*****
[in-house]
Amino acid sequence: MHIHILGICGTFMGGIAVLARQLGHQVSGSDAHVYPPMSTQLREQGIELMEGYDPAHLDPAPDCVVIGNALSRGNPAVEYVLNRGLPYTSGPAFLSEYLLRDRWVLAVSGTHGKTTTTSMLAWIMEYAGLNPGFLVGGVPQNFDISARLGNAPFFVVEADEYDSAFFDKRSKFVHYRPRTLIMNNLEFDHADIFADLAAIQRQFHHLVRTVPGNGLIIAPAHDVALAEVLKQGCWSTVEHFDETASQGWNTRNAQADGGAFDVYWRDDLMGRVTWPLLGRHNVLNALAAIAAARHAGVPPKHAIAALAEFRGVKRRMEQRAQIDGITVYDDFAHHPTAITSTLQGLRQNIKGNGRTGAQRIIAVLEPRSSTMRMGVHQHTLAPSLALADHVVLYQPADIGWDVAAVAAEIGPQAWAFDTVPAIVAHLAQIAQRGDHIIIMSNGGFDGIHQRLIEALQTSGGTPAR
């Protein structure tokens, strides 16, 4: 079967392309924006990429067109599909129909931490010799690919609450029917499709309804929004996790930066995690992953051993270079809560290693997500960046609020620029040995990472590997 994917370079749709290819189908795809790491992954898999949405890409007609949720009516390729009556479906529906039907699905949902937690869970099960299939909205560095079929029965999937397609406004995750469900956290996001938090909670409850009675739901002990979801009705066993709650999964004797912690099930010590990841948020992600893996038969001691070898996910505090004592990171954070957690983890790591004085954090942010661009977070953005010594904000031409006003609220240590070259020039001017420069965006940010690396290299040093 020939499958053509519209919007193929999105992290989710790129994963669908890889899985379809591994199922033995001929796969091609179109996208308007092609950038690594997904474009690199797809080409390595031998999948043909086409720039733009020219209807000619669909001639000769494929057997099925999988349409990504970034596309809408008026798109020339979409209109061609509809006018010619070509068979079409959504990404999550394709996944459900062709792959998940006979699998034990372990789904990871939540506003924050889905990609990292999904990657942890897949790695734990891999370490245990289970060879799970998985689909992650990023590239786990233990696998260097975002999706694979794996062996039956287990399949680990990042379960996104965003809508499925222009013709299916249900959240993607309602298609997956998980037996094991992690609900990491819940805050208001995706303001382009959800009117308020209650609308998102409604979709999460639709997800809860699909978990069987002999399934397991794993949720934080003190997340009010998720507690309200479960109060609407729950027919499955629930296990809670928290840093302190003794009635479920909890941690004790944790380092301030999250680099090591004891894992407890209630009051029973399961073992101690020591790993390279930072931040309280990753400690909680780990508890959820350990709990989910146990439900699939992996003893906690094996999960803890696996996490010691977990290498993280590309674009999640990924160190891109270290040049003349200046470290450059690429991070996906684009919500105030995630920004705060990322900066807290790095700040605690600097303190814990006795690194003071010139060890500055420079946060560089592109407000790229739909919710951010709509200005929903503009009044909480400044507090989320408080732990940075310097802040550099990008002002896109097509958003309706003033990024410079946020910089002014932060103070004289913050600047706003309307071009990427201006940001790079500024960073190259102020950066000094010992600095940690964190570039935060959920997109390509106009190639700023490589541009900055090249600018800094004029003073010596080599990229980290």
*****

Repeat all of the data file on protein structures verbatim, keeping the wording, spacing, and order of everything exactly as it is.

[in-house]
Amino acid sequence: MHIHILGICGTFMGGIAVLARQLGHQVSGSDAHVYPPMSTQLREQGIELMEGYDPAHLDPAPDCVVIGNALSRGNPAVEYVLNRGLPYTSGPAFLSEYLLRDRWVLAVSGTHGKTTTTSMLAWIMEYAGLNPGFLVGGVPQNFDISARLGNAPFFVVEADEYDSAFFDKRSKFVHYRPRTLIMNNLEFDHADIFADLAAIQRQFHHLVRTVPGNGLIIAPAHDVALAEVLKQGCWSTVEHFDETASQGWNTRNAQADGGAFDVYWRDDLMGRVTWPLLGRHNVLNALAAIAAARHAGVPPKHAIAALAEFRGVKRRMEQRAQIDGITVYDDFAHHPTAITSTLQGLRQNIKGNGRTGAQRIIAVLEPRSSTMRMGVHQHTLAPSLALADHVVLYQPADIGWDVAAVAAEIGPQAWAFDTVPAIVAHLAQIAQRGDHIIIMSNGGFDGIHQRLIEALQTSGGTPAR
């Protein structure tokens, strides 16, 4: 079967392309924006990429067109599909129909931490010799690919609450029917499709309804929004996790930066995690992953051993270079809560290693997500960046609020620029040995990472590997 994917370079749709290819189908795809790491992954898999949405890409007609949720009516390729009556479906529906039907699905949902937690869970099960299939909205560095079929029965999937397609406004995750469900956290996001938090909670409850009675739901002990979801009705066993709650999964004797912690099930010590990841948020992600893996038969001691070898996910505090004592990171954070957690983890790591004085954090942010661009977070953005010594904000031409006003609220240590070259020039001017420069965006940010690396290299040093 020939499958053509519209919007193929999105992290989710790129994963669908890889899985379809591994199922033995001929796969091609179109996208308007092609950038690594997904474009690199797809080409390595031998999948043909086409720039733009020219209807000619669909001639000769494929057997099925999988349409990504970034596309809408008026798109020339979409209109061609509809006018010619070509068979079409959504990404999550394709996944459900062709792959998940006979699998034990372990789904990871939540506003924050889905990609990292999904990657942890897949790695734990891999370490245990289970060879799970998985689909992650990023590239786990233990696998260097975002999706694979794996062996039956287990399949680990990042379960996104965003809508499925222009013709299916249900959240993607309602298609997956998980037996094991992690609900990491819940805050208001995706303001382009959800009117308020209650609308998102409604979709999460639709997800809860699909978990069987002999399934397991794993949720934080003190997340009010998720507690309200479960109060609407729950027919499955629930296990809670928290840093302190003794009635479920909890941690004790944790380092301030999250680099090591004891894992407890209630009051029973399961073992101690020591790993390279930072931040309280990753400690909680780990508890959820350990709990989910146990439900699939992996003893906690094996999960803890696996996490010691977990290498993280590309674009999640990924160190891109270290040049003349200046470290450059690429991070996906684009919500105030995630920004705060990322900066807290790095700040605690600097303190814990006795690194003071010139060890500055420079946060560089592109407000790229739909919710951010709509200005929903503009009044909480400044507090989320408080732990940075310097802040550099990008002002896109097509958003309706003033990024410079946020910089002014932060103070004289913050600047706003309307071009990427201006940001790079500024960073190259102020950066000094010992600095940690964190570039935060959920997109390509106009190639700023490589541009900055090249600018800094004029003073010596080599990229980290």